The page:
Enemy at the Gates
William Craig's book Enemy at the Gates Tells the gripping tale of one of the bloodiest battles every waged and a pivotal point in the Second World War. Being somewhat of a war buff I was intrigued to read this book, I had little or no knowledge of the battle of Stalingrad or the events that took place there during the 900 day siege. I am happy that William Craig took over five years in researching this insightful and provocative narrative.
As you begin to read this book you are struck by the number of different styles of writing. At times the work reads as if it is merely a text book recounting events as they happened in a sterile and listless manner, but at other points the book dives into personal accounts of the events of the battle and the human experience of living through such events.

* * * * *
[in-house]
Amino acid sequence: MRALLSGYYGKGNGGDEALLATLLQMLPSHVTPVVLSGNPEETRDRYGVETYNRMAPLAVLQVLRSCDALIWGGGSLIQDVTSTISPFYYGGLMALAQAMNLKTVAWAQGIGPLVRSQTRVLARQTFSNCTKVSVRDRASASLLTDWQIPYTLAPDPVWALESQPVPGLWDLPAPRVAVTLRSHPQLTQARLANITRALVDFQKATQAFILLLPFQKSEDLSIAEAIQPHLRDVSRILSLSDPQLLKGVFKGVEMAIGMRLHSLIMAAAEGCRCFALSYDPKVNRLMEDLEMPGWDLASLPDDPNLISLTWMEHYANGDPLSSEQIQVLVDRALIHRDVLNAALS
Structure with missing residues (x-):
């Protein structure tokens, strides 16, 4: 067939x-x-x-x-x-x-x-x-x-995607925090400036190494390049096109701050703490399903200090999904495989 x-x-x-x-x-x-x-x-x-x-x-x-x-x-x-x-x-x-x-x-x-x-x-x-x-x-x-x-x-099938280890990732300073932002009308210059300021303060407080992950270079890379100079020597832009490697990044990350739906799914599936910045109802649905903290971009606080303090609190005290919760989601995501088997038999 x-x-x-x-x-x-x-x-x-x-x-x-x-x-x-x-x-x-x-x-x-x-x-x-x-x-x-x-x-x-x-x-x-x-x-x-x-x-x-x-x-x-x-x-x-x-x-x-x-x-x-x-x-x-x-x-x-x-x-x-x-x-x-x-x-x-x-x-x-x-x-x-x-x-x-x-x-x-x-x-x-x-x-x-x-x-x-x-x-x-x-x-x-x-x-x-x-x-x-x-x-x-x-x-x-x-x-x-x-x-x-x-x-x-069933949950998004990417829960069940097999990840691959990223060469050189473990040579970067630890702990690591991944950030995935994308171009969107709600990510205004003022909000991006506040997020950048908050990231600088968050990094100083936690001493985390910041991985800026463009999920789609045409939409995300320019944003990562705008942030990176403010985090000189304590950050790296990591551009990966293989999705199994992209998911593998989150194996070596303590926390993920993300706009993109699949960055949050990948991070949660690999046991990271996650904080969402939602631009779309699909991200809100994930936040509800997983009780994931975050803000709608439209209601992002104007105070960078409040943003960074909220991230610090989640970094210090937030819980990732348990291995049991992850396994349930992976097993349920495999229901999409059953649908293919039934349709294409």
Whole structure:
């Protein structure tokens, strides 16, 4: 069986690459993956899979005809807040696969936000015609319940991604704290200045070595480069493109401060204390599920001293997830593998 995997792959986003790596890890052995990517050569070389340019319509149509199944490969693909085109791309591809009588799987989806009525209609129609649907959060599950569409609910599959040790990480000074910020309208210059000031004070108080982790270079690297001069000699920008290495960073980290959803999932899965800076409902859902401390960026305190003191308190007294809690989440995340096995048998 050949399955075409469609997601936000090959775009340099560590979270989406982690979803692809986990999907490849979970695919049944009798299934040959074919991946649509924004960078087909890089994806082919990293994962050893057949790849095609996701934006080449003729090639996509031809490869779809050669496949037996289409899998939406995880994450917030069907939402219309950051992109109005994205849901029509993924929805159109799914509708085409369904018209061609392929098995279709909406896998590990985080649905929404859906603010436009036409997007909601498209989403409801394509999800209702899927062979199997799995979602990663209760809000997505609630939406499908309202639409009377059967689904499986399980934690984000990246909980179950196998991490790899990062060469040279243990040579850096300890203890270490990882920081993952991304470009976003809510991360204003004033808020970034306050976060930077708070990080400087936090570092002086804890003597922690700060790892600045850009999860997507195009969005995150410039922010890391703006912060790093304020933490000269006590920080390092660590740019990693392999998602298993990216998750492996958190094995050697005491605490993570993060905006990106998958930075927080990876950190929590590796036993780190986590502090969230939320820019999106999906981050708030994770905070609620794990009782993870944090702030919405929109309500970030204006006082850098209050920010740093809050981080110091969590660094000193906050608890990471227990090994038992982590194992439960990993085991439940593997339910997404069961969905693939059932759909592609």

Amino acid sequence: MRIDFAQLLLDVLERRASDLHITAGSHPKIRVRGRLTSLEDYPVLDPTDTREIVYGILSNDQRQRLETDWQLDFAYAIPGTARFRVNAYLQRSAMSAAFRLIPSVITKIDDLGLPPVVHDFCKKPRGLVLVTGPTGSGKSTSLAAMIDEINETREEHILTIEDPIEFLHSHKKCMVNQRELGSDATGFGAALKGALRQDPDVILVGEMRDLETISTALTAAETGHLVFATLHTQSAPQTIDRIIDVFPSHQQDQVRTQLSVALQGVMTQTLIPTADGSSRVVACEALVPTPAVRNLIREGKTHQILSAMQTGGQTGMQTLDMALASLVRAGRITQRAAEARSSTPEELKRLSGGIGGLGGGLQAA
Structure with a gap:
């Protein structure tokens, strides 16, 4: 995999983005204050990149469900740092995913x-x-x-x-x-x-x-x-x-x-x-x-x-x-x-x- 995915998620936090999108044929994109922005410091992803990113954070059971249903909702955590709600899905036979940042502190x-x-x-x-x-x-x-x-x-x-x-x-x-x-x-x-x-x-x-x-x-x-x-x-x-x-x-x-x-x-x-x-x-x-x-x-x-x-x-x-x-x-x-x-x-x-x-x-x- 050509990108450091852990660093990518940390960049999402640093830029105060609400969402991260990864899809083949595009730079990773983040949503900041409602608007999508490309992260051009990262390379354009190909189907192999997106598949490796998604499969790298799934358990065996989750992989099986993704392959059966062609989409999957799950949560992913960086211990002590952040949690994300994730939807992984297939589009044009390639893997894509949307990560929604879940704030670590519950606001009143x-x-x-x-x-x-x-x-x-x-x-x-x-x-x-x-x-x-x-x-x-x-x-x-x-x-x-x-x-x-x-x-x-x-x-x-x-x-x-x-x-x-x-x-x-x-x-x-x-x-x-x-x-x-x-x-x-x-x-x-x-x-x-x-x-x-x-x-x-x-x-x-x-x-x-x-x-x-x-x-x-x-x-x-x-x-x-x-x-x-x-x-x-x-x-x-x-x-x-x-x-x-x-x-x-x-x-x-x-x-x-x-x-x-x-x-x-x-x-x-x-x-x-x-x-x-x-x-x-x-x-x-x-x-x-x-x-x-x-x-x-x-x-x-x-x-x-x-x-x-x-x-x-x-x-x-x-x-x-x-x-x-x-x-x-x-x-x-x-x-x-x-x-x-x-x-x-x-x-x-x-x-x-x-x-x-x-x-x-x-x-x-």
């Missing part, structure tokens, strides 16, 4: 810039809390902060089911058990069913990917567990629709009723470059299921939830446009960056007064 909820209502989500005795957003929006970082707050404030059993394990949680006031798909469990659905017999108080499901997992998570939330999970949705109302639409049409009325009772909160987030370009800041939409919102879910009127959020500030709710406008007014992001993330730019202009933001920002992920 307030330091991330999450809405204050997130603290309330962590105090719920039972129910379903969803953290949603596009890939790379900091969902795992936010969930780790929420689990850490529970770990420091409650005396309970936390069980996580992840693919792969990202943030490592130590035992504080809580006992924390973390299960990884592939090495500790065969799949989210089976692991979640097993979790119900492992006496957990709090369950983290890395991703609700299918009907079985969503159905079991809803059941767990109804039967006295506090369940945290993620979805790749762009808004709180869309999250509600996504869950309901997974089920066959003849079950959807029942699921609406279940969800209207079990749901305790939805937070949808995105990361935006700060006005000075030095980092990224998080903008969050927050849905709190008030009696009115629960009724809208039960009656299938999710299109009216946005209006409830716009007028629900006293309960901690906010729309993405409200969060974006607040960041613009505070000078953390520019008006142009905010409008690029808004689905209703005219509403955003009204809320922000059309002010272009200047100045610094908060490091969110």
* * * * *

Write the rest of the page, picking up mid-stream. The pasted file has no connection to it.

This form of narrative I found both frustrating and confusing at times, but at other time interesting and emotional. However this led me to feel as if I was listening to a person with Attention Deficit Disorder tell a story, that keeps going on little side tangents every few minutes. Ironically enough it is the side stories that are more compelling then the majority of the text. It is in these side stories that we get the truest accounts and better sense of what it was really like to be in Stalingrad during the siege. One such example of this is the story about young Natasha Kornilov and her mother. As their house is invaded and their possessions taken away from them right in front of their faces you are able to feel the fear that these people must have been going through. Later after they put the...